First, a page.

Labor Rights

NYC Police Officers Win Big in Pregnancy Discrimination Case

Pregnant police officers in New York City will now face one less barrier to career advancement after a new policy announcement by the city’s Department of Citywide Administrative Services.

via Shutterstock
via Shutterstock

The change was made in response to a case brought before the Equal Employment Opportunity Commission (EEOC) by Legal Momentum on behalf of NYC Officer Akema Thompson who was denied the opportunity to take a promotional examination. The Civil Service test is required for consideration of promotion to Sergeant. Officer Thompson was scheduled to take the exam to be considered for promotion, and when she found out that it was scheduled on the same day as her delivery due date, she requested to re-schedule the exam.

Although exceptions are made for many other reasons such as religious observances, work-related injury, court appearances, or funerals, Thompson, who has been working for the NYPD since 2010, was told by city officials that her request for a makeup test was “not approvable,” because pregnancy or childbirth were excluded. Three days before the exam, as Thompson went into labor, she was told that she could not reschedule the exam, but would be allowed extra time and a cushion to sit on.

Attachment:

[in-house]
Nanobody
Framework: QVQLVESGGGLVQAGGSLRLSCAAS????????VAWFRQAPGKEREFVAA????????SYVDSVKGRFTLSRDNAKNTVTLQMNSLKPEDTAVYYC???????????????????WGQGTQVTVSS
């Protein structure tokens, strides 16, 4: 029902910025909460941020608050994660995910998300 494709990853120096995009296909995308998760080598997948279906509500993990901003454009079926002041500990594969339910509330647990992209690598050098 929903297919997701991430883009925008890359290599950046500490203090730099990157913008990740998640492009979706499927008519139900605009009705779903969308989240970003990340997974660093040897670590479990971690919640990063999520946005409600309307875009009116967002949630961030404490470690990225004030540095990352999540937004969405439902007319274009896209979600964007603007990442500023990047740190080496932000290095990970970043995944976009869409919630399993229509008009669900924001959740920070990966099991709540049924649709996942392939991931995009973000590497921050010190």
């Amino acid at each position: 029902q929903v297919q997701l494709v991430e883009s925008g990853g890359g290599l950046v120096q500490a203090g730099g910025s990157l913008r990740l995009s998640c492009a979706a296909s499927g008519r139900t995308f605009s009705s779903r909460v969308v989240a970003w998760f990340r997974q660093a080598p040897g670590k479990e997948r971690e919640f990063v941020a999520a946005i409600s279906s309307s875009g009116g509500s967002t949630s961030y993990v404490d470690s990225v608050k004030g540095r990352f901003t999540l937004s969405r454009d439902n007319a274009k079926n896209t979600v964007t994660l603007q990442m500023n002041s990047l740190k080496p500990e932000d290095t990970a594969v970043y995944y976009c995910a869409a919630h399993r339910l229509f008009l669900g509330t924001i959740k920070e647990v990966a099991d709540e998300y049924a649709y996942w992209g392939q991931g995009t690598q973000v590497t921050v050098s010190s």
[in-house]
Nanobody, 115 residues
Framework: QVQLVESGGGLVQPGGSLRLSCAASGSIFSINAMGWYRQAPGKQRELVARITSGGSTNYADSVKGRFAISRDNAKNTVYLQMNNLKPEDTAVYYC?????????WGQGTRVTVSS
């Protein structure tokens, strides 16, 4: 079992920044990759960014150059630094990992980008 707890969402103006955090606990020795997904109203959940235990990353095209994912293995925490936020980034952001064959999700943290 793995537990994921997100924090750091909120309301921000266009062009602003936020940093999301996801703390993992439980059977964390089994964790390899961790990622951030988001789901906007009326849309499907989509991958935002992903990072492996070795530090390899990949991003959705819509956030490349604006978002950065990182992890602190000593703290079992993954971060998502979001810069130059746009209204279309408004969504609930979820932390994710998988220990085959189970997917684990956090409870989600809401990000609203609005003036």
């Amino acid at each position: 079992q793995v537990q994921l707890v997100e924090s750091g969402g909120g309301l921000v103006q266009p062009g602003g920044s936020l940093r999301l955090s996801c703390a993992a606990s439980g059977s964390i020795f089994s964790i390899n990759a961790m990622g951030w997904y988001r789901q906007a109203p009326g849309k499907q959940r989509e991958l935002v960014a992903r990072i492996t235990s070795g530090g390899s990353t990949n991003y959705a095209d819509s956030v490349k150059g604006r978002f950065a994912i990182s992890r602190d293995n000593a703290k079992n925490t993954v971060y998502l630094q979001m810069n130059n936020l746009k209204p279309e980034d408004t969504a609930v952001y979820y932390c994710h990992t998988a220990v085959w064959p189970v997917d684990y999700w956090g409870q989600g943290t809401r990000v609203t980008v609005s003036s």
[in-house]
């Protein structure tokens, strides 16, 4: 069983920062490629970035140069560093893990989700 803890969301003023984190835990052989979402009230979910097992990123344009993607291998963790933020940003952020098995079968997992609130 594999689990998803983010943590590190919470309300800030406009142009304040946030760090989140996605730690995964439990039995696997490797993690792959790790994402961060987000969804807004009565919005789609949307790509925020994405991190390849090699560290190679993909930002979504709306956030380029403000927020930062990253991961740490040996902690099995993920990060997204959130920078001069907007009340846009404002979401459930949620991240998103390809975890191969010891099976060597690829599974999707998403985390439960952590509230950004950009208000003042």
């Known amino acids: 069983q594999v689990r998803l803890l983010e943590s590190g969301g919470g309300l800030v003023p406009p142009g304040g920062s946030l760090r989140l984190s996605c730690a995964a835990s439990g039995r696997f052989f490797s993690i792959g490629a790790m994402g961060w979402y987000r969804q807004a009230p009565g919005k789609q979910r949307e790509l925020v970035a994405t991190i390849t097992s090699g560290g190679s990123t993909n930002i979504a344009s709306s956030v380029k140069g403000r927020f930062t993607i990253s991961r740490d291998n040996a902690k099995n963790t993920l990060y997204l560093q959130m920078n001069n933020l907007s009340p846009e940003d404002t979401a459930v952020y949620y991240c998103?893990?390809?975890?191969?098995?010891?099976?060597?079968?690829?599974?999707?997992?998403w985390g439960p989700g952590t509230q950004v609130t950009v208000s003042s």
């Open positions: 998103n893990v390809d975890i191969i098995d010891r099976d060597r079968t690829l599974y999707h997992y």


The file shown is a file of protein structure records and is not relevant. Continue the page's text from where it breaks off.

Thompson, with the help of Legal Momentum, filed a complaint with the EEOC, and the DCAS settle the case paying Thompson $50,000 and allowing her to take a makeup exam in January. The city also agreed to change its policy to allow for rescheduling exams due to pregnancy and giving birth.

“In 2015, there is no excuse for denying pregnant women reasonable accommodations to enable them to work on an equal basis with everyone else,” said Carol Robles-Roman, President and CEO of Legal Momentum.

Pregnancy discrimination complaints have dramatically increased over the past decade. In 2014 alone the EEOC received around 3,400 complaints with settlement fees reaching up to $14 million.

Media Resources: Legal Momentum Press Release 8/3/15; NY Times 8/9/15; NYC PBA Press Release 8/3/15; Feminist Majority Blog 10/31/13; EEOC Data FY2011-FY2014;

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